Gino, Alex. 2015. George. New York: Scholastic Press.

A white book cover with GEORGE in rainbow colors. A young girl peeks out through the O.

“You’re one tough cookie. But the world isn’t always good to people who are different. I just don’t want you to make your road any harder than it has to be.”

“Trying to be a boy is really hard.”

Mom blinked a few times, and when she opened her eyes again, a teardrop fell down her cheek. (page 170)

In this beautifully written middle grade novel, a young girl summons the courage to reveal her authentic self. George is a 4th grader that everyone thinks is a boy. She knows people won’t understand, so she keeps her true gender a secret. But when she finds out that the class play is going to be Charlotte’s Web, George can’t stand the idea of playing Wilbur. She wants to play Charlotte, and she wants everyone to see who she really is.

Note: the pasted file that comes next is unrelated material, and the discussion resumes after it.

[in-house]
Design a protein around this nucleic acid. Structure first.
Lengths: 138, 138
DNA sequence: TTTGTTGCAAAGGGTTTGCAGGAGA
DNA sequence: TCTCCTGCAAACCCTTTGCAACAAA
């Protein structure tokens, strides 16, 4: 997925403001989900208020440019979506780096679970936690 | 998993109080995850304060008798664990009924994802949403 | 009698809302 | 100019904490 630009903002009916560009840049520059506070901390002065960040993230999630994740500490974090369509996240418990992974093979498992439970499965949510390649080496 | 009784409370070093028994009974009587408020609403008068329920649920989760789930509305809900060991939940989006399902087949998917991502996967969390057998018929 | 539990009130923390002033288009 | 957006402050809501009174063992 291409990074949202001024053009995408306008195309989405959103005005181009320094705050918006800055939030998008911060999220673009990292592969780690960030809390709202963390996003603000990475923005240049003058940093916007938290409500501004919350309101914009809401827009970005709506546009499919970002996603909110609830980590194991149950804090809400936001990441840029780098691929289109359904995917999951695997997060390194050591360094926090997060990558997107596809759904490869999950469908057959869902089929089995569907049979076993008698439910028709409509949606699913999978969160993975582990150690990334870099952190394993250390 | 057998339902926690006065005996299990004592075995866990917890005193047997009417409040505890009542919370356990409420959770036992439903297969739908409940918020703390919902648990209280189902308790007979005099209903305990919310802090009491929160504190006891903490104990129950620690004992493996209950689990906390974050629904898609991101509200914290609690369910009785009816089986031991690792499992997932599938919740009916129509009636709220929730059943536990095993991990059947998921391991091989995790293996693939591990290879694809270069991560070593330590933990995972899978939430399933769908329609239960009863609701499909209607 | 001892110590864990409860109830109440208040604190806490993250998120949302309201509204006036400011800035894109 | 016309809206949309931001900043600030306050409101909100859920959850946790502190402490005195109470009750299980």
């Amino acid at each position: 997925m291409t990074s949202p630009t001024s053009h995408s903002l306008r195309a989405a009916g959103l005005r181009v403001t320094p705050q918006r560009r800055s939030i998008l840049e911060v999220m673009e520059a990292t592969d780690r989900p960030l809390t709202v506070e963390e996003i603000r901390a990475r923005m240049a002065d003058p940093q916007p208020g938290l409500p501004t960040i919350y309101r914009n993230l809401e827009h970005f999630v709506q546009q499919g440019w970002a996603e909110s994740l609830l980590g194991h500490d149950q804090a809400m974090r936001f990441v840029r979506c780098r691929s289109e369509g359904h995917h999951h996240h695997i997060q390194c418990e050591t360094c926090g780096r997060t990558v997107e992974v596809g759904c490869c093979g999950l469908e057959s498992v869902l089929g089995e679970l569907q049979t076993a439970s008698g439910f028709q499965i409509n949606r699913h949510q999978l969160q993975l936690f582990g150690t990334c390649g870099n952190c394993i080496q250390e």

I loved this book. George is a strong and sympathetic character that starts out timid and becomes brave. Her family is a bit confused but ultimately loving and supportive. Her best friend accepts George’s disclosure quickly, as many children do, and helps her plan her triumphant stage emergence. While there is some mild bullying from peers and disappointing pushback from the teacher, in the end George is accepted and celebrated, as she should be.

With sensitive portrayals of George and her family, authentic and poignant dialog, and an important narrative theme, I highly recommend George for school and public libraries. This book is accessible for children in grades 3-7.

George won the 2016 Mike Morgan and Larry Romans Children’s Stonewall Award and was on the 2016 Rainbow List.  Author Alex Gino is genderqueer and a member of We Need Diverse Books. They are passionate about trans voices telling trans stories.


About Charlie McNabb

Archivist, Folklorist, and Legend Tripper
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